Dam Fluid Mechanics
By Ashar Ali
January 27, 2023
UPDATED 12:00 PM EST
Marvels of Human engineering and architecture, Dams are huge mechanical barriers primarily used to restrict and control the water flow of natural bodies like rivers and lakes, as well as generate electricity through a method called Hydroelectric power production. While the uses of dams are not that secret, the physics involved in producing Hydroelectric Power is often not given its fair share of attention.
This sustainable method of producing electricity starts by storing water in “reservoirs”. A reservoir essentially acts as water’s potential energy store. The reservoir functions similarly to a battery, storing electricity as water when demand is low and providing maximum power during daily and seasonal peak periods. When this water is released, the velocity and depth of the water enable it to spin the turbine in a hydroelectric power plant. The fan of the turbine spins due to the “hydraulic head” created by the pressure of rushing water, and the velocity of the spin varies depending on the size of the fan and the height of the dam. The bigger the fan, the harder it is to move its blades. The taller the dam, the greater the velocity of water when it hits the turbine.
Turbines are connected to electrical generators either directly or through a gearbox or transmission that rotates the shaft and armature of the generator. The flow of electricity generated by the generator's spinning armature relative to its stator is captured by the commutator and brush assembly. Electricity generated immediately turns into grid-level voltages, which are subsequently transmitted through power lines by the local power utility.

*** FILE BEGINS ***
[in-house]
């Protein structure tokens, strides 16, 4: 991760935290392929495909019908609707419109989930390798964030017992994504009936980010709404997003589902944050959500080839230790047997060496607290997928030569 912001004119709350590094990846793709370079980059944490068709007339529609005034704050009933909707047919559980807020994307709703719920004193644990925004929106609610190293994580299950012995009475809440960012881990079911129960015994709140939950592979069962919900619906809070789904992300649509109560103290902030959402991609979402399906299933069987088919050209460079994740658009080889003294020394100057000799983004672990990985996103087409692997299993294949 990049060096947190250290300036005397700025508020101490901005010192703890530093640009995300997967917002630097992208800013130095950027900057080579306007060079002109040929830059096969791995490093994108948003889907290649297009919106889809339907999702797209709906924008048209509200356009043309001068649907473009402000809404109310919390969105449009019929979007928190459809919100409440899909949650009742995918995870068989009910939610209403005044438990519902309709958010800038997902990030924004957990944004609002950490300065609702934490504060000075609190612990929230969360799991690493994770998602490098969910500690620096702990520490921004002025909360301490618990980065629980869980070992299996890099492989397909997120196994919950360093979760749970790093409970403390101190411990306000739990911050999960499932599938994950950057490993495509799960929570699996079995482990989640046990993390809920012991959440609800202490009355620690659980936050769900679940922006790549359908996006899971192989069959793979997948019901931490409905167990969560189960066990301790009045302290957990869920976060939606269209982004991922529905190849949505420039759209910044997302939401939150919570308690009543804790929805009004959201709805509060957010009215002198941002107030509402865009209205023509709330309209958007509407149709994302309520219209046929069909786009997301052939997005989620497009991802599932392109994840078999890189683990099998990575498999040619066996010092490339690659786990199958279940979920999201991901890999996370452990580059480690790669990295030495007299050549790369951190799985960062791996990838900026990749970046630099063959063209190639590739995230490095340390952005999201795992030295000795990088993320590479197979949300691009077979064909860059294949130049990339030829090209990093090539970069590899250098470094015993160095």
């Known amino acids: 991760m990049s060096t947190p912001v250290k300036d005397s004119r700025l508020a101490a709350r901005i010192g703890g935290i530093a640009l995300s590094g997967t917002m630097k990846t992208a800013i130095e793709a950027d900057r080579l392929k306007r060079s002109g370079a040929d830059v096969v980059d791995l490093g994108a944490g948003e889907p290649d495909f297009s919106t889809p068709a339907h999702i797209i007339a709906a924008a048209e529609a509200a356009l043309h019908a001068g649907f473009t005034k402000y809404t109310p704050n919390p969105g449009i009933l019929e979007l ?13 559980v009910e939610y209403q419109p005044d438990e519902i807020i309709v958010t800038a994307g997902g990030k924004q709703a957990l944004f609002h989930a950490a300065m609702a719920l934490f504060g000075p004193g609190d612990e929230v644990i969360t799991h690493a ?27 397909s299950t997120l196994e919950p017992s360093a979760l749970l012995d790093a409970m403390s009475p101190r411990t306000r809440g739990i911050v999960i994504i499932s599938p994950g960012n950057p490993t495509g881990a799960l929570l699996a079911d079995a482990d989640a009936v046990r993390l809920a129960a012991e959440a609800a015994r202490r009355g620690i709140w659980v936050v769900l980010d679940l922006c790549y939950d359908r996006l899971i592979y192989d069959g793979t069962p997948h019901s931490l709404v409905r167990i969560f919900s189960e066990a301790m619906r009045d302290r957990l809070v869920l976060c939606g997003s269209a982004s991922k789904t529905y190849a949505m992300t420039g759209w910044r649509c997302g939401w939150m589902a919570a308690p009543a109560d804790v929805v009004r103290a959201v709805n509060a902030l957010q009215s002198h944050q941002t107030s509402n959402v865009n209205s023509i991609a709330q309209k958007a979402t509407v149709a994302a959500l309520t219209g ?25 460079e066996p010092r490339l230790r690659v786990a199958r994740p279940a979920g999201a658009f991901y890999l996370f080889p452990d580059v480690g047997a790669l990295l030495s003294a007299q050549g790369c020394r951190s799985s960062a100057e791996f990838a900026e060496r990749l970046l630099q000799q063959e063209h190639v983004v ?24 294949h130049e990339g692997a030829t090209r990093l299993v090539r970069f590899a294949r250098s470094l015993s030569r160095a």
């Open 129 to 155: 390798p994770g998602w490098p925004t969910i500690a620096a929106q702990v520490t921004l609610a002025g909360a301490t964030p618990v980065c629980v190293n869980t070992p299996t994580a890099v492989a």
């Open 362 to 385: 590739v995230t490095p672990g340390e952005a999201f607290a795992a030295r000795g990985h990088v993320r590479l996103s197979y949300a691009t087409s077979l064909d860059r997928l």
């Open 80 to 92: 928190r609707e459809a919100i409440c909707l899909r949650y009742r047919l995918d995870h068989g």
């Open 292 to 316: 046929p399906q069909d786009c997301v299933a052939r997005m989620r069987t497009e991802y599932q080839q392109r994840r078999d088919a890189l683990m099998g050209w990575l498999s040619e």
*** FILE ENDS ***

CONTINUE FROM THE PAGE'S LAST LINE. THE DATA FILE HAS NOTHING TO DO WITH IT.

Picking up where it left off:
Electricity demand is not "flat" or steady. During the day, demand fluctuates, and overnight, there is less need for electricity in homes, companies, and other institutions. For example, at 5:00 PM on a hot August weekend day in Atlanta, Georgia, you can guarantee there is a high demand for electricity to power millions of air conditioners! However, 12 hours later at 5:00 AM.... not so much. Hydroelectric facilities are more efficient than fossil-fuel and nuclear power plants in meeting peak power demands during short periods, and one method is to employ "pumped storage," which reuses the same water several times.
- Hydroelectric Power: How It Works. Hydroelectric Power: How it Works | U.S. Geological Survey. (n.d.). Retrieved January 1, 2023, from
- How do hydroelectric dams work? Arrow.com. Retrieved January 1, 2023, from https://www.arrow.com/en/research-and-events/articles/how-do-hydroelectric-d ams-work
- Hydroelectric dam. Hydroelectric dam - Energy Education. (n.d.). Retrieved January 1, 2023, from